But we also have the similar names Tyronza and Tyrhonda, both of which saw marked increases in usage in 1978 as well.
All three names peaked in 1979:
Girls named Tyronda
Girls named Tyronza
Girls named Tyrhonda
*Debut, †Peak usage
I’ve searched high and low, but so far I can’t figure out what was drawing attention to these names in the late ’70s.
The variant spellings suggest the influence was audio as opposed to visual, and the state data reveals that usage was concentrated in the South (e.g., Texas, Mississippi, Georgia, North Carolina), but those are the only two clues I can offer.
Below are hundreds of baby names with a numerological value of 3.
What do I mean by that?
Well, in numerology, you substitute each letter in a word with that letter’s ordinal value in the alphabet. (The letter B has a value of 2, for instance, because it’s the second letter.) Then you add those ordinal values together to come up with a total. Lastly, you add the digits of that total together to obtain a numerological value.
Here’s an example: The letters in the name Ben have the values 2, 5, and 14. Added together, these values equal 21. And the digits of 21 added together equal 3.
All of the “3” names below are sub-categorized by totals — just in case any of those larger numbers are significant to anyone. Within each group you’ll find some of the most popular “3” names per gender (according to the most recent set of U.S. baby name rankings).
3 via 12
The letters in the following baby names add up to 12, which reduces to three (1+2=3).
Girl names (3 via 12)
Boy names (3 via 12)
Aja, Fae, Bia, Abi, Bee
Gad, Jb, Abed
3 via 21
The letters in the following baby names add up to 21, which reduces to three (2+1=3).
Girl names (3 via 21)
Boy names (3 via 21)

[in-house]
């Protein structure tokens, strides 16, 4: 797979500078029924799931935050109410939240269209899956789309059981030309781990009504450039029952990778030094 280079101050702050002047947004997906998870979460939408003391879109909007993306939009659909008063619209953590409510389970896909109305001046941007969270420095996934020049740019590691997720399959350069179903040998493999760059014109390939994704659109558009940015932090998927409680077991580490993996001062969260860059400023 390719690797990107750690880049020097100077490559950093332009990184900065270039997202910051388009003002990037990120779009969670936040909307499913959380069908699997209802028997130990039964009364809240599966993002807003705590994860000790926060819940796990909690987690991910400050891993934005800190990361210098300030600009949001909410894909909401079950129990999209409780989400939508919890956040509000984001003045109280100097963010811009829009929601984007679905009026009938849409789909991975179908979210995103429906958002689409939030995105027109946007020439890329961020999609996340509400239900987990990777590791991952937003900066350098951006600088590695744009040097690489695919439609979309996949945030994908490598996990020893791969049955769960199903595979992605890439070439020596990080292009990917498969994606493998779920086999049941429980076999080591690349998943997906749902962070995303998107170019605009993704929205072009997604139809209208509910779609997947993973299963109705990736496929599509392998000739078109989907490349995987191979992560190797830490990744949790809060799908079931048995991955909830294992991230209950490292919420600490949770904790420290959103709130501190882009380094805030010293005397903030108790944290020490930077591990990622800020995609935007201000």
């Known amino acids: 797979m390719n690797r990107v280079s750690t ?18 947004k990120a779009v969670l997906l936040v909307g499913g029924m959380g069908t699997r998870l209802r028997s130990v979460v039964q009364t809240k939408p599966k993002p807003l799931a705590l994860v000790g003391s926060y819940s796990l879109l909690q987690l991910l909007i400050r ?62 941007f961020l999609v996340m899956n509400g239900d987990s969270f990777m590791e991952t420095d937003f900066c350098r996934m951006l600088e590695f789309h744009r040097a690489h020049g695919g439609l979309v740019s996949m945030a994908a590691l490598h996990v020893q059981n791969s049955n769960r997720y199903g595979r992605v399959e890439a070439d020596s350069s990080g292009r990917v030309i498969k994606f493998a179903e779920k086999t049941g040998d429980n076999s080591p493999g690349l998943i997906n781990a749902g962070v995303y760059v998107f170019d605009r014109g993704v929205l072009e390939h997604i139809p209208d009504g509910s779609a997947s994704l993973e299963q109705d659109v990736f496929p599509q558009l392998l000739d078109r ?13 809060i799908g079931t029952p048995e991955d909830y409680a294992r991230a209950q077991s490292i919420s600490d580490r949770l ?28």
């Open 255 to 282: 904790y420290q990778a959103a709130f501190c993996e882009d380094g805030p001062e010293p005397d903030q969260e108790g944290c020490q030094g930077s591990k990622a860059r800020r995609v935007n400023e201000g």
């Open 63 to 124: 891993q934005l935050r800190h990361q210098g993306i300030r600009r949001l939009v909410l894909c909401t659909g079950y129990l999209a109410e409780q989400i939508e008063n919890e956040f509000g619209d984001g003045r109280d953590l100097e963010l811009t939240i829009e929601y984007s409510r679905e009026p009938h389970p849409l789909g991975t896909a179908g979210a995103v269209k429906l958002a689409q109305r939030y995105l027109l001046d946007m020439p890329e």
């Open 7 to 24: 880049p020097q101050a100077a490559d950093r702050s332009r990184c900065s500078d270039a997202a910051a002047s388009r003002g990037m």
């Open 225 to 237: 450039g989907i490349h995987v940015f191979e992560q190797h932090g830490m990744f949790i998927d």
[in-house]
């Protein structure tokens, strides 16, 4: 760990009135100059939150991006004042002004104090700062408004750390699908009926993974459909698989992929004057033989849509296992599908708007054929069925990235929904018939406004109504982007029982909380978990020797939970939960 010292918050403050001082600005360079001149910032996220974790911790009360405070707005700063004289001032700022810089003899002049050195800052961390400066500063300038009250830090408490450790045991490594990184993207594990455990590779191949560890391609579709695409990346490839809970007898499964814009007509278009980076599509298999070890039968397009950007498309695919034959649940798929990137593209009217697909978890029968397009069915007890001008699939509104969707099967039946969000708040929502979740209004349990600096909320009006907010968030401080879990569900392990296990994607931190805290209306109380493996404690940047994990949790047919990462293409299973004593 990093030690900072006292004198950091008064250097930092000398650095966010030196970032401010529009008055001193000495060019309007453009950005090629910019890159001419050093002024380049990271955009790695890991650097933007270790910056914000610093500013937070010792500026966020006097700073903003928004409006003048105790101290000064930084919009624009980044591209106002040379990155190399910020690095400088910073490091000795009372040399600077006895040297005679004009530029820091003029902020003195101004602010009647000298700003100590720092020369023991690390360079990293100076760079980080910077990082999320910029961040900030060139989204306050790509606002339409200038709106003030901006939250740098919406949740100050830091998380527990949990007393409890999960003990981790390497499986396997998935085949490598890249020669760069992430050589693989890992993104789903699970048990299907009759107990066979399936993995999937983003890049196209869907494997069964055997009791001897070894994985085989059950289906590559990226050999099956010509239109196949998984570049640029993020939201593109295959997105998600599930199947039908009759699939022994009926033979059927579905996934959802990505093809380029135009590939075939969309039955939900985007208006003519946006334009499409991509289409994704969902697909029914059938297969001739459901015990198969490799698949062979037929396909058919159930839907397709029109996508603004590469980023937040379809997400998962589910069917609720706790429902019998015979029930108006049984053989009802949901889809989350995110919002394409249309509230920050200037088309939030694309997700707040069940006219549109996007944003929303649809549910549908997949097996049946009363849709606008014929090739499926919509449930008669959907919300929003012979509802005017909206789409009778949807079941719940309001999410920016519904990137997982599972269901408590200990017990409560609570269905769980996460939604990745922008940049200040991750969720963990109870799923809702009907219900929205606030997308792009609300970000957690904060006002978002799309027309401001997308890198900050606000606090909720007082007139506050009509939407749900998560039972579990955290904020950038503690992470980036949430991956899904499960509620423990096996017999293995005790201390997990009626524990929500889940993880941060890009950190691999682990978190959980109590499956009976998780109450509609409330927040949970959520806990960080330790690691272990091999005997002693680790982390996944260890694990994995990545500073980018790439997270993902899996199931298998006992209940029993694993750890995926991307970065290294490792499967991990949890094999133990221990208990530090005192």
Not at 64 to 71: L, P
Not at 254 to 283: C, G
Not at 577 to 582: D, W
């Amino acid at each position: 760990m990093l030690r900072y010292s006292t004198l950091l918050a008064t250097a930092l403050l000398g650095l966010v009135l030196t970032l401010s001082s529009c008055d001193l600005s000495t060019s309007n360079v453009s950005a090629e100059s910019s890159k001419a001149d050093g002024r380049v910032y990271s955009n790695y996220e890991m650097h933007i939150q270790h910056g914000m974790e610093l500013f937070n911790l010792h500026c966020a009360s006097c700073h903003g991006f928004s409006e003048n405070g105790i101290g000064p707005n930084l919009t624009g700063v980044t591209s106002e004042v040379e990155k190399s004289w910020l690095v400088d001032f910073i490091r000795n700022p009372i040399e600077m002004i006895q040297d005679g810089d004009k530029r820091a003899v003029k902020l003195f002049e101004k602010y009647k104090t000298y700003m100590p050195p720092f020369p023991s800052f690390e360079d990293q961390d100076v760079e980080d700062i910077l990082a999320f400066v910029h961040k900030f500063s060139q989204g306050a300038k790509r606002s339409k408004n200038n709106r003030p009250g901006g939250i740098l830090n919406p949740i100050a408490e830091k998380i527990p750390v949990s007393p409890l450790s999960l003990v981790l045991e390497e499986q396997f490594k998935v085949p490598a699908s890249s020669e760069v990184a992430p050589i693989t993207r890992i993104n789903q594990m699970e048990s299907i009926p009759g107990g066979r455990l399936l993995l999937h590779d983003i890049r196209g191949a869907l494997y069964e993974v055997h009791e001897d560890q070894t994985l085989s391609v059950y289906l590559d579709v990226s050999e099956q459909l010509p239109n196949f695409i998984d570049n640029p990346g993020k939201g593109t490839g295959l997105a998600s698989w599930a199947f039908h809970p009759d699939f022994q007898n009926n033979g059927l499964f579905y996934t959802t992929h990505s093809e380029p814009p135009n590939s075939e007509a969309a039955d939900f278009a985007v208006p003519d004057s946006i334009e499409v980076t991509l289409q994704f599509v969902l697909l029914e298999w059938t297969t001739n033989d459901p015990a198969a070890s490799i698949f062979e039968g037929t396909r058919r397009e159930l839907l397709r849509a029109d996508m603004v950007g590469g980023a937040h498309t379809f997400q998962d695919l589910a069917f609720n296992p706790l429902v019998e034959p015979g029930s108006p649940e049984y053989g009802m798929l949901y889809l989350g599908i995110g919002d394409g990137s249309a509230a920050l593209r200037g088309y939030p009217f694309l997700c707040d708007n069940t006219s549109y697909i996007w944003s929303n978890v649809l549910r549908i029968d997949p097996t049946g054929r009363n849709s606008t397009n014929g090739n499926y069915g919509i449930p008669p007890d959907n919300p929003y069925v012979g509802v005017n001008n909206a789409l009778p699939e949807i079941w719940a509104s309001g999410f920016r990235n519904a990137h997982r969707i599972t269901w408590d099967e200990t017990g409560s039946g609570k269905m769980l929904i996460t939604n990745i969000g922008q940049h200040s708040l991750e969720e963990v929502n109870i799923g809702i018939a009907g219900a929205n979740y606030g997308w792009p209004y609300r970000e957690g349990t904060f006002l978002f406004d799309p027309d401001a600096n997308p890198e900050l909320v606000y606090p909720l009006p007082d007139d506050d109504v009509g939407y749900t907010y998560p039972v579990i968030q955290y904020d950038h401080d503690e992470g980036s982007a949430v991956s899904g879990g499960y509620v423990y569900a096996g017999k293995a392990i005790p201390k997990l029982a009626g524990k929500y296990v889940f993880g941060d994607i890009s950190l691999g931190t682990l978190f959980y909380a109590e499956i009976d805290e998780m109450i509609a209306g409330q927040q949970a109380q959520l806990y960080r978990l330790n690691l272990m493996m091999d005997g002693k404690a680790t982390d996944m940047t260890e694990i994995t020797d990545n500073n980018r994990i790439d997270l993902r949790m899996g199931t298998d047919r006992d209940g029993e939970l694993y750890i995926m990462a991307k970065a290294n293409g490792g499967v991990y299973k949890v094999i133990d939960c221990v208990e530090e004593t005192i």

Kai, Asa, Gala, Jaia, Clea
Kai, Kade, Asa, Alec, Ben, Beck, Cale
3 via 30
The letters in the following baby names add up to 30, which reduces to three (3+0=3).
So today let’s check out another fun set of “top” names: the top rises. The names below are those that increased the most in usage, percentage-wise, from one year to the next according to the SSA data.
Here’s the format: girl names are on the left, boy names are on the right, and the percentages represent single-year jumps in usage. (For example, from 1880 to 1881, usage of the girl name Isa grew 240% and usage of the boy name Noble grew 333%.)
The SSA data isn’t perfect, but it does get a lot more accurate starting in the late 1930s, because “many people born before 1937 never applied for a Social Security card, so their names are not included in our data” (SSA). Now, back to the list…
(Did you catch all the doubles? Tula, Delano, Tammy, Jermaine, and Davey/Davy.)
I’ve already written about some of the names above (click the links to see the posts) and I plan to write about many of the others. In the meanwhile, though, feel free to beat me to it! Leave a comment and let us know what popularized Dorla in 1929, or Lauren in 1945, or Dustin in 1968, or Kayleigh in 1985, or Talan in 2005…